By Joe Rauch and Rachelle Younglai
WASHINGTON(Reuters) - The timing of the U.S.Securities and Exchange Commission's case against Goldman SachsGroup Incis "suspicious," a federal watchdog said,suggesting that the SEC used it to divert attention from areport that sharply criticized its probe into accused Ponzischemer Allen Stanford.
The SEC filed civil fraud charges against Goldman inmid-April, the same day it released a watchdog report accusingthe agency of mishandling an investigation into Stanford'salleged $7 billion Ponzi scheme.
The report by SEC Inspector General David Kotz said theregulator suspected as early as 1997 that Stanford was runninga Ponzi scheme but did nothing to stop it until late 2005.
The timing "strains credulity," Kotz told a congressionalhearing Wednesday examining the SEC's handling of theStanford case.
Kotz's report went largely unnoticed.
Stanford is in a Texas jail awaiting trial on 21 criminalcharges related to his alleged Ponzi scheme involving theissuance by his Antiguan bank of certificates of deposit withimprobably high interest rates. The SEC filed civil chargesrelated to the matter in February 2009.
Some Republican lawmakers accused the SEC of suing Goldmanto help Democrats pass the landmark Wall Street reform bill,which was winding its way through Congress in April.
Kotz is probing whether the SEC's lawsuit against Goldman was politically motivated, a charge the SEC vehemently denies.He expects to complete his Goldman report by the end of nextweek.
At the Senate Banking Committee hearing, the topRepublican, Richard Shelby, said the Stanford case represents a"major failure" by the SEC. He also suggested the timing wassuspect and seemed intended to draw lowered scrutiny.
The SEC, still recovering from missing Bernard Madoff's $65billion Ponzi scheme, is under pressure to root out fraud afterthe U.S. housing collapse and Wall Street's ensuing meltdown.
The SEC's enforcement director, Robert Khuzami, and otherSEC officials apologized at the hearing and said they had deepregrets that the regulator failed to act more quickly to limitlosses suffered by Stanford investors.
But apologies did little to assuage Stanford victims, whotraveled to Washington to attend the hearing and snickered asthe regulators testified.
"I feel that the SEC did a good job of covering their owntails. I think they were part of the problem in this wholething," said Richard Muzyka, 67, of Fort Myers Beach, Florida.
Muzyka is a retiree who initially invested with Stanfordbecause of the company's seeming stable returns, which he sawas attractive for someone living on a fixed retirement income.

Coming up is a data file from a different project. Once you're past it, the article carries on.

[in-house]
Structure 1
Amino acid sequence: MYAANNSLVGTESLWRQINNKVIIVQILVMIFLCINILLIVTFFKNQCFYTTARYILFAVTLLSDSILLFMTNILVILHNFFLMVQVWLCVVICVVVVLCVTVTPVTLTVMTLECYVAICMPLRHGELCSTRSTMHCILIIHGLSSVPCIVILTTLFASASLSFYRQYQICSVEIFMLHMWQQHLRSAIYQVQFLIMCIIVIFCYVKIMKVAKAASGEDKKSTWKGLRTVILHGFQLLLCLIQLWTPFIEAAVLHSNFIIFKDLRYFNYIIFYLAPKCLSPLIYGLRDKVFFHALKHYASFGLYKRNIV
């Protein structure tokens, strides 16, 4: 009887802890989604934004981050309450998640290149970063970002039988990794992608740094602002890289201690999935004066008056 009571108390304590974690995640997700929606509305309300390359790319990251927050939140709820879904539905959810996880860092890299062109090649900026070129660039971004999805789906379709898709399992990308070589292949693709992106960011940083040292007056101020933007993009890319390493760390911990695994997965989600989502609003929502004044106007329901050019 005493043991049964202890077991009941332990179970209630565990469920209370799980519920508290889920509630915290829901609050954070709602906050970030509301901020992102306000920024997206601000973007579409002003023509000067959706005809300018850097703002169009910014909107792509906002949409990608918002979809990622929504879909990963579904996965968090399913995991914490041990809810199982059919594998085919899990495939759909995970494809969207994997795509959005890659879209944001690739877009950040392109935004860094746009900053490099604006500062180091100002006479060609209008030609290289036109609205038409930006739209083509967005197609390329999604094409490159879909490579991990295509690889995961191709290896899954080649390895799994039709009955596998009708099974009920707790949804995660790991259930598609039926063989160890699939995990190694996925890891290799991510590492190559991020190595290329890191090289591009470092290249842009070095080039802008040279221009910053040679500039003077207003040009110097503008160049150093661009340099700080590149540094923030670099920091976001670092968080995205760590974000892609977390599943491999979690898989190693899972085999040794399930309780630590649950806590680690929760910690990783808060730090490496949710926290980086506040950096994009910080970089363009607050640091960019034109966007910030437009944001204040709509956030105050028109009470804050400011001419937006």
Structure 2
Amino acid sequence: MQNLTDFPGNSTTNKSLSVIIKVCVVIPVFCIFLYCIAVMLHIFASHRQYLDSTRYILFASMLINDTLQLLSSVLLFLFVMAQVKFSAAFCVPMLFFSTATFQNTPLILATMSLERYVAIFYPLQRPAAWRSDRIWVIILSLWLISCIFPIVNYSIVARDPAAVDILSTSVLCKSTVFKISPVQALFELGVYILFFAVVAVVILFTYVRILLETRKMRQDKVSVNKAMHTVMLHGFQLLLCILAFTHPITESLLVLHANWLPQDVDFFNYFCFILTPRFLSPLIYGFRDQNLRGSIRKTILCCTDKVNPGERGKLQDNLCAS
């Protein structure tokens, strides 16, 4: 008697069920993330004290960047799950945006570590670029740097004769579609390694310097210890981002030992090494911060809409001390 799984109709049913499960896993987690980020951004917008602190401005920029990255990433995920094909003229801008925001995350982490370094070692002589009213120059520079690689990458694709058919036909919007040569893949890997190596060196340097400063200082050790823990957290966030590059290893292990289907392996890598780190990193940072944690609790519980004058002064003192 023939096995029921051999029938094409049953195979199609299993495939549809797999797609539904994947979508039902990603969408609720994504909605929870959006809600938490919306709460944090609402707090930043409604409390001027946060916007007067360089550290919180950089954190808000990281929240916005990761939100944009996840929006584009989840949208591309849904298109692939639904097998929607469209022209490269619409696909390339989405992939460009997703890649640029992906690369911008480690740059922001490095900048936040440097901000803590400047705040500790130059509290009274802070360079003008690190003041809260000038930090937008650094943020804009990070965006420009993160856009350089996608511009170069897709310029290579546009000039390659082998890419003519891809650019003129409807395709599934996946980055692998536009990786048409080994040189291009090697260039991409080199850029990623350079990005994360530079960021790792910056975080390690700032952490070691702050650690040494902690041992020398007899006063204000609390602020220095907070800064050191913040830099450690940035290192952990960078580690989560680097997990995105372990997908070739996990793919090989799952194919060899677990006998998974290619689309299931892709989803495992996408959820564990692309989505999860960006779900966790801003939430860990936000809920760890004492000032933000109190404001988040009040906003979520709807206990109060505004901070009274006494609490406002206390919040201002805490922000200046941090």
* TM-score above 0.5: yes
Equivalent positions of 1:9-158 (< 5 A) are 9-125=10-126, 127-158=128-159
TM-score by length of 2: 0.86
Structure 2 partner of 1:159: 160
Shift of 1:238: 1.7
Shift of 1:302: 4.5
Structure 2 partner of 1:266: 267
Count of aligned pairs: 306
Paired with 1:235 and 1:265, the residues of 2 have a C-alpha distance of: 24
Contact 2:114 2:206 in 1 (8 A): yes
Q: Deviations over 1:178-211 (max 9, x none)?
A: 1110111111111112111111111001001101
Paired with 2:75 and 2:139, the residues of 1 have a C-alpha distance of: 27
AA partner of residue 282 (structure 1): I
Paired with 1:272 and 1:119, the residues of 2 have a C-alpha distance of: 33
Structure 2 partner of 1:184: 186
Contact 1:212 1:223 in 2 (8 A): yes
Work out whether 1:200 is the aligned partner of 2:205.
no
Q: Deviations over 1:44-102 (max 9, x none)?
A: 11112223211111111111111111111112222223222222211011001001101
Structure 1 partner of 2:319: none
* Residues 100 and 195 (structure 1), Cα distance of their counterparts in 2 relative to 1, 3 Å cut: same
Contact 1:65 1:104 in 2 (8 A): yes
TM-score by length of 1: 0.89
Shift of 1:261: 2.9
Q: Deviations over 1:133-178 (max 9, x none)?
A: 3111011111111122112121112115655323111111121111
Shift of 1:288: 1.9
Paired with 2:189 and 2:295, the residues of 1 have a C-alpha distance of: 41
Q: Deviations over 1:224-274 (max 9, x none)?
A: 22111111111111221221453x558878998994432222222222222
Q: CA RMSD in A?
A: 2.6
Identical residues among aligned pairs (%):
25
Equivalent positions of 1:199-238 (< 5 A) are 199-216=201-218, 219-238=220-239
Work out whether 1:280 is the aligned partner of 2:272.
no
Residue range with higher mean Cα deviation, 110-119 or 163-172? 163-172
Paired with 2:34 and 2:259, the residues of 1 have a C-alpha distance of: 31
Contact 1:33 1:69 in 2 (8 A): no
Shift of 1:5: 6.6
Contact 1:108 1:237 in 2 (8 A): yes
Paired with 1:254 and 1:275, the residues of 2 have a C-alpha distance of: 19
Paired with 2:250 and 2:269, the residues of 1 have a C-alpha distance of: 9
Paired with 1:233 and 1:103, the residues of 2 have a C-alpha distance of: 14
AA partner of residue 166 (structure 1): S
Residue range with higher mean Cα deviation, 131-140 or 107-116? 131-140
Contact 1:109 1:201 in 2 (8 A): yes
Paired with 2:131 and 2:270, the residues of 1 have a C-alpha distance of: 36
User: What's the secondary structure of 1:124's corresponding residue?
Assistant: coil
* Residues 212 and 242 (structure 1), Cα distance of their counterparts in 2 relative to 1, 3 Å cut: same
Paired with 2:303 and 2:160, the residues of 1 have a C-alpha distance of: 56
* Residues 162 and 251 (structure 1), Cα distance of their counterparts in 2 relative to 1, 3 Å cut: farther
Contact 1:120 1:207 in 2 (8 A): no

Kotz's report found the SEC's Fort Worth, Texas, officeexamined Stanford in 1997, 1998, 2002 and 2004, "concluding ineach case that Stanford's CDs were likely a Ponzi scheme or asimilar fraudulent scheme."
In 2005, the enforcement arm of the SEC finally agreed toseek a formal order from the commission to investigateStanford. But Kotz said it failed to conduct due diligence onhis investment portfolio, a missed opportunity.
Kotz said he was talking to criminal authorities about theformer head of enforcement in Fort Worth, Spencer Barasch, who"played a significant role" in quashing investigations ofStanford and sought to represent him on three occasions afterhe left the SEC.
According the report, Barasch briefly represented Stanfordin 2006 before being informed by the SEC ethics office that itwas improper to do so.
Asked why he was so insistent on representing Stanford,Barasch replied: "Every lawyer in Texas and beyond is going toget rich over this case. Okay? And I hated being on thesidelines," according to Kotz's report.
Republican Senator Jim Bunning said he "almost fell off hischair" when he read that and asked Kotz whether that lookedlike criminal negligence.
Kotz only said he was talking to criminal authorities andwould not elaborate further.
Barasch is a partner at the law firm Andrews Kurth LLP.
In a statement, the firm's managing partner, Bob Jewell,called Kotz's testimony "disappointing," and said Barasch"acted properly during his contacts with the Stanford FinancialGroup and the Securities and Exchange Commission. He did notviolate conflicts of interest."
The SEC has said that most of Kotz's seven recommendationshave been implemented and that it would carefully analyze thereport and implement any additional reforms as necessary foreffective investor protection.
Kotz's report says that even after SEC examiners identifiedmultiple violations of securities laws by Stanford in 2002, theenforcement division did not open an investigation.
He also said senior Fort Worth office officials perceivedthey were judged by the number of cases they brought.
"Novel or complex cases were disfavored," he concluded. "Asa result, cases like Stanford, which were not considered'quick-hit' or 'slam-dunk' cases, were not encouraged." (Reporting by Joe Rauch and Rachelle Younglai; Additionalreporting by Jonathan Stempel in New York; Editing by Gerald E.McCormick, Andre Grenon and Steve Orlofsky)